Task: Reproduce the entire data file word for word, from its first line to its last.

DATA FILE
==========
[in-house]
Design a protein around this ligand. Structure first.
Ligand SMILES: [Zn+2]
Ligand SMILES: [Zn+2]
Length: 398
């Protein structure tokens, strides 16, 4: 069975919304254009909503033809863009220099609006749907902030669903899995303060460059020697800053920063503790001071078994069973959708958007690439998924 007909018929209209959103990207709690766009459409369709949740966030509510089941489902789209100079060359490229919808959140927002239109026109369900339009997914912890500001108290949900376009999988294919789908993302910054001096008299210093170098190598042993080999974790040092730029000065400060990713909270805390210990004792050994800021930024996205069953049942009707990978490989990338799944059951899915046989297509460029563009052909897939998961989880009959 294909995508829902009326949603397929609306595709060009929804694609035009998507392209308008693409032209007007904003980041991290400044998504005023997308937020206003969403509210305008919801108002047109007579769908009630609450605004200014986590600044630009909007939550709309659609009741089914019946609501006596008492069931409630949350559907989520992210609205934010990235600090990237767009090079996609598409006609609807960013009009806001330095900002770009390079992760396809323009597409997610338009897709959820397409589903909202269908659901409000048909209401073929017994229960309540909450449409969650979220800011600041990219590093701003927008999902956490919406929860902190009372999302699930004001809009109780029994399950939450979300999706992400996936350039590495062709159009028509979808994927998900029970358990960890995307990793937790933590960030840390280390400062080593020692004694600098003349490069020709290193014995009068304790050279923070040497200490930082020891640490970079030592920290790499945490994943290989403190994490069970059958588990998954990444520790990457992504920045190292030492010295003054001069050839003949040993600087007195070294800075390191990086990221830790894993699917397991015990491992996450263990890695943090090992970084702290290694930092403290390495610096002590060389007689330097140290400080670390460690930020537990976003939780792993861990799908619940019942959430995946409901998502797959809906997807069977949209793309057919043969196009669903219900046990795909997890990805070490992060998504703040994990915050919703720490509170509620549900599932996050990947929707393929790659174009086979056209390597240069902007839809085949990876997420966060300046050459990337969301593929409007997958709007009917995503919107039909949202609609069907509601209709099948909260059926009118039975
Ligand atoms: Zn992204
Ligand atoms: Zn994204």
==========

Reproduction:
[in-house]
Design a protein around this ligand. Structure first.
Ligand SMILES: [Zn+2]
Ligand SMILES: [Zn+2]
Length: 398
């Protein structure tokens, strides 16, 4: 069975919304254009909503033809863009220099609006749907902030669903899995303060460059020697800053920063503790001071078994069973959708958007690439998924 007909018929209209959103990207709690766009459409369709949740966030509510089941489902789209100079060359490229919808959140927002239109026109369900339009997914912890500001108290949900376009999988294919789908993302910054001096008299210093170098190598042993080999974790040092730029000065400060990713909270805390210990004792050994800021930024996205069953049942009707990978490989990338799944059951899915046989297509460029563009052909897939998961989880009959 294909995508829902009326949603397929609306595709060009929804694609035009998507392209308008693409032209007007904003980041991290400044998504005023997308937020206003969403509210305008919801108002047109007579769908009630609450605004200014986590600044630009909007939550709309659609009741089914019946609501006596008492069931409630949350559907989520992210609205934010990235600090990237767009090079996609598409006609609807960013009009806001330095900002770009390079992760396809323009597409997610338009897709959820397409589903909202269908659901409000048909209401073929017994229960309540909450449409969650979220800011600041990219590093701003927008999902956490919406929860902190009372999302699930004001809009109780029994399950939450979300999706992400996936350039590495062709159009028509979808994927998900029970358990960890995307990793937790933590960030840390280390400062080593020692004694600098003349490069020709290193014995009068304790050279923070040497200490930082020891640490970079030592920290790499945490994943290989403190994490069970059958588990998954990444520790990457992504920045190292030492010295003054001069050839003949040993600087007195070294800075390191990086990221830790894993699917397991015990491992996450263990890695943090090992970084702290290694930092403290390495610096002590060389007689330097140290400080670390460690930020537990976003939780792993861990799908619940019942959430995946409901998502797959809906997807069977949209793309057919043969196009669903219900046990795909997890990805070490992060998504703040994990915050919703720490509170509620549900599932996050990947929707393929790659174009086979056209390597240069902007839809085949990876997420966060300046050459990337969301593929409007997958709007009917995503919107039909949202609609069907509601209709099948909260059926009118039975
Ligand atoms: Zn992204
Ligand atoms: Zn994204």